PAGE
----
Jazz is the most colorful and varied art form in the world and it was born in one of the most colorful and varied cities, New Orleans. From the seed first planted by slave dances held in Congo Square and nurtured by early ensembles led by Buddy Belden and Joe "King" Oliver, jazz began its long winding odyssey across America and around the world, giving flower to a thousand different forms–swing, bebop, cool jazz, jazz-rock fusion–and a thousand great musicians. …
Ted Gioia's History of Jazz has been universally hailed as a classic―acclaimed by jazz critics and fans around the world. Now Gioia brings his magnificent work completely up-to-date, drawing on the latest research and revisiting virtually every aspect of the music, past and present.
Queens of Jazz is a celebration of some of the greatest female jazz singers of the 20th century. It takes an unflinching and revealing look at what it actually took to be a jazz diva during a turbulent time in America's social history - a time when battle lines were being constantly drawn around issues of race, gender and popular culture. This is a documentary about how these women triumphed - always at some personal cost - to become some of the greatest artists of the 20th century; women who chose singing above life itself because singing was their life.
Anyone interested in learning about a distinct music–jazz–will welcome this newest addition to the popular 101 reference series. Noted anthropologist, critic, and musical scholar John F. Szwed takes readers on a tour of the music's tangled history, and explores how it developed from an ethnic music to become North America's most popular music and then part of the avant garde in less than fifty years. Jazz 101 presents the key figures, history, theory, and controversies that shaped its development, along with a discussion of some of its most important recordings.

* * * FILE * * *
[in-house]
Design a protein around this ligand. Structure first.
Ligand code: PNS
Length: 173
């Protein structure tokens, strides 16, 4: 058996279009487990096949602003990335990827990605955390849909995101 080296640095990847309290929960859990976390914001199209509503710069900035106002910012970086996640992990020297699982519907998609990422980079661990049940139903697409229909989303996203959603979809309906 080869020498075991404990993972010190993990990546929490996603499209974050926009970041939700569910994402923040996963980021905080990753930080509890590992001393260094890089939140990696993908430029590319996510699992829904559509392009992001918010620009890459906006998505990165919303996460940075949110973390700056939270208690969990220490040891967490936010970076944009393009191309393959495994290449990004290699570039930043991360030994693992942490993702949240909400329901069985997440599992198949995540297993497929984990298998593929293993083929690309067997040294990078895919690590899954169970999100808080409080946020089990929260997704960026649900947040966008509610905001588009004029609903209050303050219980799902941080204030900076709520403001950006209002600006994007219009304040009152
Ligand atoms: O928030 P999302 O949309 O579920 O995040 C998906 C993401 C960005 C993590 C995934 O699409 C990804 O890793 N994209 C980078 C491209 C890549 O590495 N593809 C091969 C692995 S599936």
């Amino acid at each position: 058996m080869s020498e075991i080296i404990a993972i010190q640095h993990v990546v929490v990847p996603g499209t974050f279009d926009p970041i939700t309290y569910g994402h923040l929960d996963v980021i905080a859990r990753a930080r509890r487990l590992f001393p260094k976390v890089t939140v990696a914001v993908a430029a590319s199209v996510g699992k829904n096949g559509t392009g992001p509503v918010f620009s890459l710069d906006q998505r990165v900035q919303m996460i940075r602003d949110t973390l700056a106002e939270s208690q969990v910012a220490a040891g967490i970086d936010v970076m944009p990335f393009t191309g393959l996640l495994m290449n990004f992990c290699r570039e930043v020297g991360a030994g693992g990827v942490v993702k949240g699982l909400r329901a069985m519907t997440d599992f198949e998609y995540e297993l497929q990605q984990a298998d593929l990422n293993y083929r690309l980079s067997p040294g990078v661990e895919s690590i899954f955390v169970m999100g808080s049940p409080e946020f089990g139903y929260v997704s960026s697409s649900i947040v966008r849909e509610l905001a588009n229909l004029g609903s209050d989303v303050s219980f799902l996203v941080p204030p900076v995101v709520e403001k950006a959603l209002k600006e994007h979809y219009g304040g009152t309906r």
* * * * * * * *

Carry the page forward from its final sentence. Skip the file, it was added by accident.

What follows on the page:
Part One (1920-1950) traces the history of jazz drumming in America from its earliest, pre-1920 roots to the advent of the be-bop revolution in the mid-1940s and beyond. It features archival film clips and photographs of the greats of jazz drumming, including Baby Dodds, Paul Barbarin, Chick Webb, Gene Krupa, Buddy Rich, Dave Tough, Sid Catlett, Kenny Clarke, and Max Roach. Part Two (1950-1970) features clips and photos of Philly Joe Jones, Shelly Manne, Art Blakey, Joe Morello, Roy Haynes, Ed Thigpen, Paul Motian, Tony Williams, Steve Gadd, Billy Cobham, and others. This program illuminates a turbulent and very significant time in the history of jazz drumming.